Table 3: The mean and standard deviation of nausea after the intervention.

Comparing the incidences of nausea in the three groups (Table 4), Tukey's post hoc test showed that the differences between means were due to the differences between the mean of the control group and the other two groups.

P-value Groups
0.015 Tap water ice Control
0.038 Mint ice
0.015 Control Tap water ice
0.932 Mint ice
0.038 Control Mint ice
0.932 Tap water ice

Table 4: Comparing the incidences of nausea in the three groups.

Vomiting after the intervention: The mean and standard deviation of vomiting in the three groups include (Table 5), ANOVA test with 95% confidence interval showed that there was no significant difference between the three groups in terms of incidence of vomiting (P-value = 0.835).

S.D. Mean Groups
0.449 0.266 Control group
0.406 0.2 Tap water ice group
0.43 0.233 Mint ice group

Table 5: The mean and standard deviation of vomiting after the intervention.

Discussion

This study compared the impact of sucking tap water ice and mint ice on incidence of nausea and vomiting during chemotherapy in patients with breast cancer. According to the results, there was a significant difference between the tap water ice and the mint ice groups with the control group in terms of the mean of incidence of nausea during chemotherapy. This indicates the effects of tap water ice and mint ice on incidence of nausea. However, there was no statistically significant difference between the tap water ice group and the mint ice group. In addition, there was no significant difference between the tap water ice and the mint ice groups with the control group in terms of the mean of incidence of vomiting during chemotherapy. The researchers searched various databases and found no identical research. Therefore, the results will be compared with other studies.

Tate investigated the effect of peppermint oil on postoperative nausea and found that peppermint can effectively reduce the incidence of postoperative nausea and vomiting [17]. The results of Tate's study are consistent with the present study.

Najafi investigated the effect of inhaling peppermint oil on nausea and vomiting after abdominal surgery and concluded that inhalation of peppermint had no effect on the incidence of nausea and vomiting after abdominal surgery [18]. The results of their study are not consistent with the present study. Different groups of patients with different diseases and materials were used in the present study.

Pasha investigated the effect of mint extract on nausea and vomiting during pregnancy and found that mint extract had no effect on the incidence of pregnancy nausea and vomiting [19]. Their results are not consistent with the present study. Different groups of participants and materials were used in the present study. In addition, in their study, the intervention was carried out by the participants at home and they completed the scale on their own, this may have increased the risk of error in their research.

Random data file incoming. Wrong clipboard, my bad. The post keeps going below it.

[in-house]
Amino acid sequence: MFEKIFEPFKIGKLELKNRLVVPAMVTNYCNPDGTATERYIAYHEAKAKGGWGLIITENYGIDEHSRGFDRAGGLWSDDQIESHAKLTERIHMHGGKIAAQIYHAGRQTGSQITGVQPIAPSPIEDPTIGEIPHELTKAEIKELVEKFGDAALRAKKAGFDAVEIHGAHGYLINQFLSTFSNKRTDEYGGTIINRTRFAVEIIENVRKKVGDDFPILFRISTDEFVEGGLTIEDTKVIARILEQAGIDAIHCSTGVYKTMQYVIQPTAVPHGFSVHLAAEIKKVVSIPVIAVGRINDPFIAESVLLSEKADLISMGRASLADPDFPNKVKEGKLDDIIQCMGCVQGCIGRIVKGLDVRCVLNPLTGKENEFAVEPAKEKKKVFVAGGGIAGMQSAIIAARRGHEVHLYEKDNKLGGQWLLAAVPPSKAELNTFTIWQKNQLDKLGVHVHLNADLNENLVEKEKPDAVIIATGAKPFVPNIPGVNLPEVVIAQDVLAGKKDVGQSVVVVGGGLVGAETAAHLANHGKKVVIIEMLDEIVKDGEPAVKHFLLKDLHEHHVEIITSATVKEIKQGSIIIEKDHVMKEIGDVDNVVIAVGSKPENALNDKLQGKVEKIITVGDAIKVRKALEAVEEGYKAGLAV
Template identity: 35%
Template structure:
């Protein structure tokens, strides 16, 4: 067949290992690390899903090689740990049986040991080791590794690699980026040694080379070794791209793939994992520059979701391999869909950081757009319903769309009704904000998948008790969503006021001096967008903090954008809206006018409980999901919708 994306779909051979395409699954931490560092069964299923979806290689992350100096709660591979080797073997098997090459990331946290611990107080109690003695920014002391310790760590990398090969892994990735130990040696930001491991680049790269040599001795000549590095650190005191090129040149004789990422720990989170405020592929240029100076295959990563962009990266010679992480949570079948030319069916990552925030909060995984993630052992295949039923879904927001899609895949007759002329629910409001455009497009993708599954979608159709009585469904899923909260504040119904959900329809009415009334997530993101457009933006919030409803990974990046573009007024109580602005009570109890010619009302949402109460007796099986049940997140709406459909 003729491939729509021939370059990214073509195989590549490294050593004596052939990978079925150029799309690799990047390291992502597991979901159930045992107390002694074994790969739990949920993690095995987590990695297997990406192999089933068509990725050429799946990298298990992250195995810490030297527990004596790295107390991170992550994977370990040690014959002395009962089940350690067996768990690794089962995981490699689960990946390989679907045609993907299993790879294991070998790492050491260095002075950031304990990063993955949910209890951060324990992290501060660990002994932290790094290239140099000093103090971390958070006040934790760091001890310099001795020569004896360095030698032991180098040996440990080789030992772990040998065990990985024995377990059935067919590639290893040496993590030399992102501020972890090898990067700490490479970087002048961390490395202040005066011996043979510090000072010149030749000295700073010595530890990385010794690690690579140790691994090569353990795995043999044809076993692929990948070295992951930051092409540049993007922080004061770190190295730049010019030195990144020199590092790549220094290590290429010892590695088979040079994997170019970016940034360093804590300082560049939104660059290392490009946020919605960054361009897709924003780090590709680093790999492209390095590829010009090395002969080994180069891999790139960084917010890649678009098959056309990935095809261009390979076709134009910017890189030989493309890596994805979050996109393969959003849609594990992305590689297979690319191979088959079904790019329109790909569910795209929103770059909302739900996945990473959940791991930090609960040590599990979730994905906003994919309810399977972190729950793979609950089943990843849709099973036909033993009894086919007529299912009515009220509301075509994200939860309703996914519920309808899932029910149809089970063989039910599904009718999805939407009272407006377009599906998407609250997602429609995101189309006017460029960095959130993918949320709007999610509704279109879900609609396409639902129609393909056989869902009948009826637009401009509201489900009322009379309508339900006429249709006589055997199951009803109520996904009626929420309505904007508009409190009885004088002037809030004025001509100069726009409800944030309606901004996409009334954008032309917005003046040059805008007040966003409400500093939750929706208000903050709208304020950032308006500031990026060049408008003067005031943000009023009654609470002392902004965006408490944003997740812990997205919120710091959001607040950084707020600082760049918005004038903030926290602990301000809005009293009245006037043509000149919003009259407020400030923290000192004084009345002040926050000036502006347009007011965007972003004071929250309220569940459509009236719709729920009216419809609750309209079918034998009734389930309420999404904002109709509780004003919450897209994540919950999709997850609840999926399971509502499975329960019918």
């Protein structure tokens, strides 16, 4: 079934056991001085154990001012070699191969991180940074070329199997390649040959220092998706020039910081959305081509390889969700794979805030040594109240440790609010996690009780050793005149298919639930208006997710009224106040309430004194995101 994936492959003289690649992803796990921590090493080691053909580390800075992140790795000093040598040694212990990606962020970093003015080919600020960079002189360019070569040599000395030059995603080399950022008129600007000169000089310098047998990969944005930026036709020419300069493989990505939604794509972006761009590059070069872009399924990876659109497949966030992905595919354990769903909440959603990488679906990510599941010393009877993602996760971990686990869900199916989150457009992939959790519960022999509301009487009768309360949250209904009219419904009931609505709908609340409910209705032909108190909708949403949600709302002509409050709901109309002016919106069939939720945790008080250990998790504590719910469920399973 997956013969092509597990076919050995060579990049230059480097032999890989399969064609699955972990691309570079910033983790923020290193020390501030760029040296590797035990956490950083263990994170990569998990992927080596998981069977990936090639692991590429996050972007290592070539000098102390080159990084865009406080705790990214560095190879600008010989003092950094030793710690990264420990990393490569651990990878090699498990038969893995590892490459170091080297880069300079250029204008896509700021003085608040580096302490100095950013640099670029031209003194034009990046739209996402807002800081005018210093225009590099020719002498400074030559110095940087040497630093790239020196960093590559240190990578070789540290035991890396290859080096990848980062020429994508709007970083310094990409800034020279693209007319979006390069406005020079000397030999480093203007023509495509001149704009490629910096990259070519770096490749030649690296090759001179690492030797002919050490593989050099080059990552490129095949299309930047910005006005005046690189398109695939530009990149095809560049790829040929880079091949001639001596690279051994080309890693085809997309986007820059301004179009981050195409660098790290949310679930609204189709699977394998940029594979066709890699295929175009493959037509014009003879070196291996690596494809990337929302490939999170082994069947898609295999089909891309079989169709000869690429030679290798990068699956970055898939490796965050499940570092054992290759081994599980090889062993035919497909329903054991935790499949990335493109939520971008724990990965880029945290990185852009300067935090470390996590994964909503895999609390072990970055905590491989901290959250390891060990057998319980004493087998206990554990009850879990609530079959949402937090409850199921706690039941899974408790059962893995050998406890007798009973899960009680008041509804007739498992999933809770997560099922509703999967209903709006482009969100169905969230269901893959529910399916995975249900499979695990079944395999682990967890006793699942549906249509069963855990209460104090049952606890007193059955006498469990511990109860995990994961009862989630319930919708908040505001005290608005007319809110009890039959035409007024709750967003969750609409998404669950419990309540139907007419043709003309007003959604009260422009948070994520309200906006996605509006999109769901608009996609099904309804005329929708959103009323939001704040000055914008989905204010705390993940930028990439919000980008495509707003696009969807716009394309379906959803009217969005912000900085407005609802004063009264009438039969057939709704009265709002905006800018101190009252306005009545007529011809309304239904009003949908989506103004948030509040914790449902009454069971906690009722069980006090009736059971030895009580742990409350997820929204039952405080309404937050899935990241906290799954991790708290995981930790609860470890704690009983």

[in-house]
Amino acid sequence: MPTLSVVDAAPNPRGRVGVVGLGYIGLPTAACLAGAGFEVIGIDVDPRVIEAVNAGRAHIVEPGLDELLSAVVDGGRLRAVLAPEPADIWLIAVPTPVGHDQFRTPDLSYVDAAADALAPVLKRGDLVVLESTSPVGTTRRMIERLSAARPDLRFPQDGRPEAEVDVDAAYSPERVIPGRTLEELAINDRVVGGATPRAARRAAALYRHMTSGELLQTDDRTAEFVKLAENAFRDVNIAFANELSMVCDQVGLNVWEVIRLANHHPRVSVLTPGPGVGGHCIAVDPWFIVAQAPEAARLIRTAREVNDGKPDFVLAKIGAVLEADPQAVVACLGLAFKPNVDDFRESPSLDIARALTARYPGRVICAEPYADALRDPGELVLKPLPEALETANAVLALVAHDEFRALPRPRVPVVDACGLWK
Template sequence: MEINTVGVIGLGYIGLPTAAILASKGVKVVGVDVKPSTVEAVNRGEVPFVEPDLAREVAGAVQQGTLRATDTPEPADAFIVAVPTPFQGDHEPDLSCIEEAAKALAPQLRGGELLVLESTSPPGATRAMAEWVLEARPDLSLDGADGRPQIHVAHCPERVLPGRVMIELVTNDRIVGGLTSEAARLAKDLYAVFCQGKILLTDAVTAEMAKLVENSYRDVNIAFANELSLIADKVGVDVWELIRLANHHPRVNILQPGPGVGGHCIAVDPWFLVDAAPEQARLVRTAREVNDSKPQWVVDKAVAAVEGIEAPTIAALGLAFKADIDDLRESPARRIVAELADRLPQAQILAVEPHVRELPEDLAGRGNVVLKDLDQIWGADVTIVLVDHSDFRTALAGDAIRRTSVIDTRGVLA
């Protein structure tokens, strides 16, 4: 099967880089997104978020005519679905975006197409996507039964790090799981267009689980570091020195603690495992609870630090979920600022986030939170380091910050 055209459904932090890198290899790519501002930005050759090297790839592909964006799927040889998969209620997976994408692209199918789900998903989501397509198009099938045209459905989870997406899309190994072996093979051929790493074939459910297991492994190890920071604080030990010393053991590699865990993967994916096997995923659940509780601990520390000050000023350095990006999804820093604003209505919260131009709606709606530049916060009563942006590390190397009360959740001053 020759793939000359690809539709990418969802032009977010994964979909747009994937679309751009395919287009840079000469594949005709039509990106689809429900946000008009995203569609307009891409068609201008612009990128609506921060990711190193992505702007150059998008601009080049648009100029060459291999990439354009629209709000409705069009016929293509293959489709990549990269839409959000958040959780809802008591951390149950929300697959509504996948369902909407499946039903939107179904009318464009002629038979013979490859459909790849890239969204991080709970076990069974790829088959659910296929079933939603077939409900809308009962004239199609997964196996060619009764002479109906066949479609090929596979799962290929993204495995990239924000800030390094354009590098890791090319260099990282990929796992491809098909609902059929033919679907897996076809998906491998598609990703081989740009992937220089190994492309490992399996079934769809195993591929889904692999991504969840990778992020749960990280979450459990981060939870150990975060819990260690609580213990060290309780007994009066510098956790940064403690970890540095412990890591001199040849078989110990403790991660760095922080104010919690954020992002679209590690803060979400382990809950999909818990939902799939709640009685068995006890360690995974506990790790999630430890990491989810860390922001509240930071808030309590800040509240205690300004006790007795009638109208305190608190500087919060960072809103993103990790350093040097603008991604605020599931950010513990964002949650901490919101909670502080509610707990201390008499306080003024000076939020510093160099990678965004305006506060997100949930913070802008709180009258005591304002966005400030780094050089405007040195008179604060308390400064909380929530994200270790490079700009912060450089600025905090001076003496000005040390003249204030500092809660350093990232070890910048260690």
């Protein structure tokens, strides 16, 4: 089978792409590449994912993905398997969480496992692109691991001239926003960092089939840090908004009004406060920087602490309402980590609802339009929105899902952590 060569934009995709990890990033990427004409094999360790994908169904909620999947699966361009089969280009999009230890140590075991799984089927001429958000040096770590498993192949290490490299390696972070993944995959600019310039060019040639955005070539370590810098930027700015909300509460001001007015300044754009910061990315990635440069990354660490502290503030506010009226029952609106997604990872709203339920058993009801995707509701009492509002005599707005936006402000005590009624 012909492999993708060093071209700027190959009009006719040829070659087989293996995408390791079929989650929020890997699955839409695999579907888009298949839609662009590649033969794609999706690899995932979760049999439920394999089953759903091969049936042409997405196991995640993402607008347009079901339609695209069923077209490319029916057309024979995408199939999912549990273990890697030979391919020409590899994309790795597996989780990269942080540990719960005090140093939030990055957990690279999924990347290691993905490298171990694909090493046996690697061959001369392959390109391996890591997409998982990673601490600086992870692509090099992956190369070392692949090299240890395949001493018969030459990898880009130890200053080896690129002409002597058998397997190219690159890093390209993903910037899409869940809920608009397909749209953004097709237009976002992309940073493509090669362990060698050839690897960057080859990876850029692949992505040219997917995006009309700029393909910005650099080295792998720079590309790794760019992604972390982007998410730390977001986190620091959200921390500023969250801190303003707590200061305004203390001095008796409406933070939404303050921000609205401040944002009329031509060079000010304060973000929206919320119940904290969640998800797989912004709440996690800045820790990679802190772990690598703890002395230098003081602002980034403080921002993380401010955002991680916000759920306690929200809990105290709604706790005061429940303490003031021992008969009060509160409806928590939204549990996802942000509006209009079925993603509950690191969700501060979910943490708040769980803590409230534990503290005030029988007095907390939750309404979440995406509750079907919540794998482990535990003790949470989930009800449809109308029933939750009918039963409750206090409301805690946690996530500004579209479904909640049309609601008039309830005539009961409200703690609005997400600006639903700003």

In the present study, both tap water ice and mint ice effectively reduced the incidence of nausea during chemotherapy and both increased patient satisfaction. It is recommended to investigate the effect of these materials on conditional nausea (before chemotherapy), delayed nausea and on other cancer groups, too. The results showed that the mean of incidence of vomiting in both water ice and mint ice groups were lower than that of the control group; however, the differences were not significant. This indicates that the two interventions had no effect on incidence of vomiting. Thus, it is recommended to investigate factors affecting vomiting (diet, anxiety, etc.) and to increase the concentration of mint. Therefore, further studies are recommended in this area.

Conclusion

This study compared the effect of sucking tap water ice and mint ice on incidence of nausea and vomiting during chemotherapy in patients admitted to Omid Hospital, Mashhad in 2015. The results showed that both tap water ice and mint ice effectively reduced the incidence of nausea compared with the control group. Therefore, it is recommended to use these non-invasive, simple, inexpensive and harmless methods along with medications to reduce the incidence of nausea in cancer patients. However, there was no statistically significant difference between the tap water ice and the mint ice groups with the control group in terms of incidence of vomiting and these methods did not effectively reduce vomiting. In this regard, further studies are recommended with larger sample sizes and with increased concentrations of mint.

Research Limitations

Due to the special conditions of breast cancer patients and their disease, patients were extremely attached to their medical environment and the medical staff and it was very difficult to communicate with the patients to conduct the research. The key personnel of the chemotherapy department helped the researcher in this regard.

Practical Suggestions

Based on the results, tap water ice and mint extract ice can be used by nurses as a part of the treatment to reduce nausea during chemotherapy.

Acknowledgment

Hereby, the authors would like to express their gratitude and appreciation to all the patients, colleagues and authorities of Sabzevar University of Medical Sciences and Omid Hospital of Mashhad, especially the Oncology Department staff and all those who helped us conduct this research.

Conflict of Interest

We here by declare that authors have no conflict of interest.